The license applies to MSDN text/images and to my levels

7th of April 2010

Vermin Clearance by Frode "Puritan" Waksvik

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Puritan has "recently" released several good maps so naturally I've been wanting to try some of his older stuff as well. Vermin Clearance (released in 2004) has been on my "to play" list for some years now.

The episode (replaces the fourth) has 11 levels, two of which are secret, and some minor con changes. The levels are big, each taking about thirty minutes to finish. A big part of that is spent on tedious switch/touchplate hunting which takes me right to Vermin's biggest problem: the gameplay.

Every map has a few hidden essential buttons. They've either been masked to look like something else or placed so that walking around the map in a casual way results in you missing them. This leads to the kind of gameplay where you, when stuck, end up screwing every wall around you, hitting space in the hope of finding a hidden switch or a touchplate sector that activates something. This is neither rewarding nor challenging; it is just stupid. Even more, those not familiar with the engine can get hopelessly lost since they may not be familiar with the various ways you can hide switches. (The situation is not much helped by the fact that there rarely is any indication of what a given switch does.)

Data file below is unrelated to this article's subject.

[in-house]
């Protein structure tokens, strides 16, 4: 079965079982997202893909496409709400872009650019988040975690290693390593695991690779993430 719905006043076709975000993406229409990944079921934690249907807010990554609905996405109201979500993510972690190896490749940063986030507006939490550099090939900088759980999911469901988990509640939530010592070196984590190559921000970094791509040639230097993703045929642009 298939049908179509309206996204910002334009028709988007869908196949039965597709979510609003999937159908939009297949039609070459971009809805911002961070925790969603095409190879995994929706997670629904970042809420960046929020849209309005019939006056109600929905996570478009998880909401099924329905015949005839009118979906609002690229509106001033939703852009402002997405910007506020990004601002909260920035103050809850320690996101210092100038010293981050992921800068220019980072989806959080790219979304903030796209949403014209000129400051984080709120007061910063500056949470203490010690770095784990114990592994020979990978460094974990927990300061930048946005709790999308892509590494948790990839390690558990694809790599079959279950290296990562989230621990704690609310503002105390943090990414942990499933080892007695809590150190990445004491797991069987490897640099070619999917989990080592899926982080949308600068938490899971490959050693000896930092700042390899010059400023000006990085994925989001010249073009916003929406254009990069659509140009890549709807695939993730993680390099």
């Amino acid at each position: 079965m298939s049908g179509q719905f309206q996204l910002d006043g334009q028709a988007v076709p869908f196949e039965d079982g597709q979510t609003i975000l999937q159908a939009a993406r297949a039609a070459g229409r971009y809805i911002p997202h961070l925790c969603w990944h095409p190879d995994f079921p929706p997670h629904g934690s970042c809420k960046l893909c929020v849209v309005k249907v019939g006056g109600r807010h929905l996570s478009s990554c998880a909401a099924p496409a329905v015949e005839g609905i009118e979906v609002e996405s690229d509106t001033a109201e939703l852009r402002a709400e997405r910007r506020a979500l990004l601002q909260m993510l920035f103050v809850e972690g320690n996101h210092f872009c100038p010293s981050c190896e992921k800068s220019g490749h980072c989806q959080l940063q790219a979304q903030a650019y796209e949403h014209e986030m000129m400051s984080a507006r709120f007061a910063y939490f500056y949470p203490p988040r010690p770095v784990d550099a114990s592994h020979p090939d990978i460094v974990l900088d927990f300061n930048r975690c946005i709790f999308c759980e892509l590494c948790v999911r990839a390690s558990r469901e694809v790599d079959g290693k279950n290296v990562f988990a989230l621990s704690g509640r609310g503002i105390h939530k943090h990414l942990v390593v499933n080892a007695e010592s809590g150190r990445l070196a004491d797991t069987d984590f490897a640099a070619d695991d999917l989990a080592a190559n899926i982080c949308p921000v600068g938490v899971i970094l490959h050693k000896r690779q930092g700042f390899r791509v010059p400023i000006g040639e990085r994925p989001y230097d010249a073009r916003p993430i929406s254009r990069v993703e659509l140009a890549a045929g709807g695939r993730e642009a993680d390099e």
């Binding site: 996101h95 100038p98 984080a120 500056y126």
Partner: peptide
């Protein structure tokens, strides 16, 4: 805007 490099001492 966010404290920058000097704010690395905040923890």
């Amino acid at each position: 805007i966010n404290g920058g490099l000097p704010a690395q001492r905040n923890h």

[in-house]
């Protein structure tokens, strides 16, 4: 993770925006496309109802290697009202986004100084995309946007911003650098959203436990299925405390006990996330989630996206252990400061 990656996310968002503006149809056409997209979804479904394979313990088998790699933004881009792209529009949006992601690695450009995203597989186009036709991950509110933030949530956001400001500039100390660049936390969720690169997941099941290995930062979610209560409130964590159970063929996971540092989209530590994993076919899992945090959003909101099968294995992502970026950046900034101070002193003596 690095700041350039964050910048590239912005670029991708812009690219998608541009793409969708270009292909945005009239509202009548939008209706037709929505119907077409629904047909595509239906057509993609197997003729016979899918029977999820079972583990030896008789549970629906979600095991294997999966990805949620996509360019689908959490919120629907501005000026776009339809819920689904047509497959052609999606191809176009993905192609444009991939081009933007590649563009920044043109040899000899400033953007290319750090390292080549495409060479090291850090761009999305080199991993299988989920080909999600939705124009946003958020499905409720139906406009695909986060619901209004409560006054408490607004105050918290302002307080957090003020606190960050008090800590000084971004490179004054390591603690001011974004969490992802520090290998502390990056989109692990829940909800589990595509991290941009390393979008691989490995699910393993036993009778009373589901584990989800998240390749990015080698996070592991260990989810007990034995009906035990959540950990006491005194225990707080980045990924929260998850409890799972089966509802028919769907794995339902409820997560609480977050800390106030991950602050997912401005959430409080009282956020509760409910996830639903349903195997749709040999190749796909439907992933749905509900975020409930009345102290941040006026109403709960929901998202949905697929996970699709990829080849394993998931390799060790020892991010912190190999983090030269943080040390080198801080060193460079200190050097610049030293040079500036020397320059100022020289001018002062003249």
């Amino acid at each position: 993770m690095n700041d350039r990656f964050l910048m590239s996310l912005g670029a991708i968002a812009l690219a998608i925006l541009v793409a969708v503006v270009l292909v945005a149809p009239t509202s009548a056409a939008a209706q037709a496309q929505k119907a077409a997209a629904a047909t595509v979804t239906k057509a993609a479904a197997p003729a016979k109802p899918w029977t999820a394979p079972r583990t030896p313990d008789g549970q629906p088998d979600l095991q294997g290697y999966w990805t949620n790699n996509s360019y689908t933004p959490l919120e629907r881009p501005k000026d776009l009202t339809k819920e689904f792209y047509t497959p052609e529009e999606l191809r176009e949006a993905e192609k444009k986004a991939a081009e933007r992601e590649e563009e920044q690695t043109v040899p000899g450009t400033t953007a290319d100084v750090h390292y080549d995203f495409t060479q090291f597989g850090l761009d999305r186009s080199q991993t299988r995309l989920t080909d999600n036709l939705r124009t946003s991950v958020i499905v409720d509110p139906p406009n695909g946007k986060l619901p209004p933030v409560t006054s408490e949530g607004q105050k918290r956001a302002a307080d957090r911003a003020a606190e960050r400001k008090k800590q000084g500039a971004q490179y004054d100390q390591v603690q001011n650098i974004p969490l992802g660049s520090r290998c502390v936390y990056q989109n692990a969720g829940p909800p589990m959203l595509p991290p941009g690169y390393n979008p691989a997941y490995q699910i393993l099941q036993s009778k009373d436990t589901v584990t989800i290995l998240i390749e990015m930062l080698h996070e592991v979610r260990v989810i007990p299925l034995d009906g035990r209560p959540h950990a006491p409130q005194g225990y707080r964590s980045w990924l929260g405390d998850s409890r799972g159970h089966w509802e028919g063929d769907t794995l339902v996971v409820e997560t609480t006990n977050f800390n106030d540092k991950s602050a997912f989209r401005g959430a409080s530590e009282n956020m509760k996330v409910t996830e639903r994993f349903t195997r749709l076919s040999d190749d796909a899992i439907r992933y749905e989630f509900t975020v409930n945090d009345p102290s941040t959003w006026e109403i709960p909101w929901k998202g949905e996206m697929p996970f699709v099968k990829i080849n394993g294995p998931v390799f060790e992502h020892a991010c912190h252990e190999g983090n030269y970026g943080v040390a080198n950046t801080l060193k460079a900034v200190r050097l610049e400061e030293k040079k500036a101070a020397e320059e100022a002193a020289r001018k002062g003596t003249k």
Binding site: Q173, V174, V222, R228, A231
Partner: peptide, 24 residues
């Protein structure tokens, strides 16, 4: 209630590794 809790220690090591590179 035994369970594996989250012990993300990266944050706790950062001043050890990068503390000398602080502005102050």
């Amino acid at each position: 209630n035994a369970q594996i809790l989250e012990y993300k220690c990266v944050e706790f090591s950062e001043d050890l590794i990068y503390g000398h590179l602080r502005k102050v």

It's not much better in the action department. Each map has quite a bit of monsters and plenty of them are respawns that fill hallways you just finished clearing (see "Unaided Mission" for the worst possible use of this method). You've got plenty of close quarter combats with Commanders, making dodging rockets frustrating and you've got monsters spawning right behind you every now and then. Then there are timed explosions that have a habit of blowing up in your face when you least expect it. Annoying, to say the least. There are a couple of instances where you open a door (or call down an elevator) only to find a Battlelord an inch away from your face.

To make matters even worse, your entire arsenal is taken from you at the start of every level, for whatever weird reason. Not only makes this no sense but it also puts you in a situation where you play through a map without ever seeing standard issue weapons such as the pistol or the chaingun. Then there are situations where it is assumed that you have explosives in your arsenal but you don't because the only pipebomb stash in the level was given to you ten minutes ago and you've used all of them by the time you need to use one to blow up a crack.

So why the cheap tricks? Beats me because there's nothing about the levels that calls for puzzles like these. In fact, design-wise most of the levels are pretty good, especially in terms of lighting which manages to catch your eye from time to time. Puritan also handles big areas pretty well and the last two levels ("Recapture" & "The Hunt") look very good, especially the last one with its dark mood and some impressive visuals. However, nearly all levels are of some generic hi-tech variety so distinguishing one level from another a couple of weeks after playing the episode may be difficult.

Conclusions: Judging solely by design, most of the levels would count as Hot Maps but the fatally flawed gameplay manages to spoil most of the fun. It'd be more tolerable if the rewards were considerable, such as in Oblivion, but here you're bound to feel a bit disappointed and frustrated when you finally finish the pack. However, it should be noted that Vermin Clearance is dated and that these days Puritan pumps out much better maps.

Score: 7
Download: 2.5 megs
Version: 1.4, 1.5
Author: Frode "Puritan" Waksvik

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